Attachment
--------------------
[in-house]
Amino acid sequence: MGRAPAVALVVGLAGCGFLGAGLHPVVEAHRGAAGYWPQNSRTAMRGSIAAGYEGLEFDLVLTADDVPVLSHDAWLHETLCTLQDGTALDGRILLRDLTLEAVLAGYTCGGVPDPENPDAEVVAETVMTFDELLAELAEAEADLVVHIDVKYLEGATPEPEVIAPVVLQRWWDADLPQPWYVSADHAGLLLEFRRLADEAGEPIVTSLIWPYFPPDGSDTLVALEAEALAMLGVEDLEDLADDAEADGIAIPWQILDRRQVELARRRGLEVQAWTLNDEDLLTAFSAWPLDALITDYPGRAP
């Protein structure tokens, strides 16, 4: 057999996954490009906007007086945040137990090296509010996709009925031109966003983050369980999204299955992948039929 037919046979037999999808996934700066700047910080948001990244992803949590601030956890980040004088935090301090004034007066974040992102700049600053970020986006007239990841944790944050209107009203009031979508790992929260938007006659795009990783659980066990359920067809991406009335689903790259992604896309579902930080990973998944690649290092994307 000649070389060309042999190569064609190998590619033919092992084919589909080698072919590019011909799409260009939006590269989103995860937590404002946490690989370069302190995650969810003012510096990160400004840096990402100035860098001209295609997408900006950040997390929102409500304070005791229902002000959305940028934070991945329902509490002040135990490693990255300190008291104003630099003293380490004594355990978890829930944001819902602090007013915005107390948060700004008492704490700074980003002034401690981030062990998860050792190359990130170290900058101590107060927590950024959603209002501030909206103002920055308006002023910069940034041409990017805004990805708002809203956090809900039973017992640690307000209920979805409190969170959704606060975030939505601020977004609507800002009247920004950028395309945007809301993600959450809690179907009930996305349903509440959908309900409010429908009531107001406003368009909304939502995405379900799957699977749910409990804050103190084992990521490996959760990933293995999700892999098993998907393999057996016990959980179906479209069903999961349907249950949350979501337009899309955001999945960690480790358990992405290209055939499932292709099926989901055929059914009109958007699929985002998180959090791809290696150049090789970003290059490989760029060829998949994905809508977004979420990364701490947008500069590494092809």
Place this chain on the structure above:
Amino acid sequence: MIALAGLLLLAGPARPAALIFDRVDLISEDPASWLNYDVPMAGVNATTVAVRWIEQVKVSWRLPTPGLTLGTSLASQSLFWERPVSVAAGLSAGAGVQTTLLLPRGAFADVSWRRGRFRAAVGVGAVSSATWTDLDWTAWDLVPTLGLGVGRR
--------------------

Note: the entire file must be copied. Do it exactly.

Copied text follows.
[in-house]
Amino acid sequence: MGRAPAVALVVGLAGCGFLGAGLHPVVEAHRGAAGYWPQNSRTAMRGSIAAGYEGLEFDLVLTADDVPVLSHDAWLHETLCTLQDGTALDGRILLRDLTLEAVLAGYTCGGVPDPENPDAEVVAETVMTFDELLAELAEAEADLVVHIDVKYLEGATPEPEVIAPVVLQRWWDADLPQPWYVSADHAGLLLEFRRLADEAGEPIVTSLIWPYFPPDGSDTLVALEAEALAMLGVEDLEDLADDAEADGIAIPWQILDRRQVELARRRGLEVQAWTLNDEDLLTAFSAWPLDALITDYPGRAP
């Protein structure tokens, strides 16, 4: 057999996954490009906007007086945040137990090296509010996709009925031109966003983050369980999204299955992948039929 037919046979037999999808996934700066700047910080948001990244992803949590601030956890980040004088935090301090004034007066974040992102700049600053970020986006007239990841944790944050209107009203009031979508790992929260938007006659795009990783659980066990359920067809991406009335689903790259992604896309579902930080990973998944690649290092994307 000649070389060309042999190569064609190998590619033919092992084919589909080698072919590019011909799409260009939006590269989103995860937590404002946490690989370069302190995650969810003012510096990160400004840096990402100035860098001209295609997408900006950040997390929102409500304070005791229902002000959305940028934070991945329902509490002040135990490693990255300190008291104003630099003293380490004594355990978890829930944001819902602090007013915005107390948060700004008492704490700074980003002034401690981030062990998860050792190359990130170290900058101590107060927590950024959603209002501030909206103002920055308006002023910069940034041409990017805004990805708002809203956090809900039973017992640690307000209920979805409190969170959704606060975030939505601020977004609507800002009247920004950028395309945007809301993600959450809690179907009930996305349903509440959908309900409010429908009531107001406003368009909304939502995405379900799957699977749910409990804050103190084992990521490996959760990933293995999700892999098993998907393999057996016990959980179906479209069903999961349907249950949350979501337009899309955001999945960690480790358990992405290209055939499932292709099926989901055929059914009109958007699929985002998180959090791809290696150049090789970003290059490989760029060829998949994905809508977004979420990364701490947008500069590494092809």
Place this chain on the structure above:
Amino acid sequence: MIALAGLLLLAGPARPAALIFDRVDLISEDPASWLNYDVPMAGVNATTVAVRWIEQVKVSWRLPTPGLTLGTSLASQSLFWERPVSVAAGLSAGAGVQTTLLLPRGAFADVSWRRGRFRAAVGVGAVSSATWTDLDWTAWDLVPTLGLGVGRR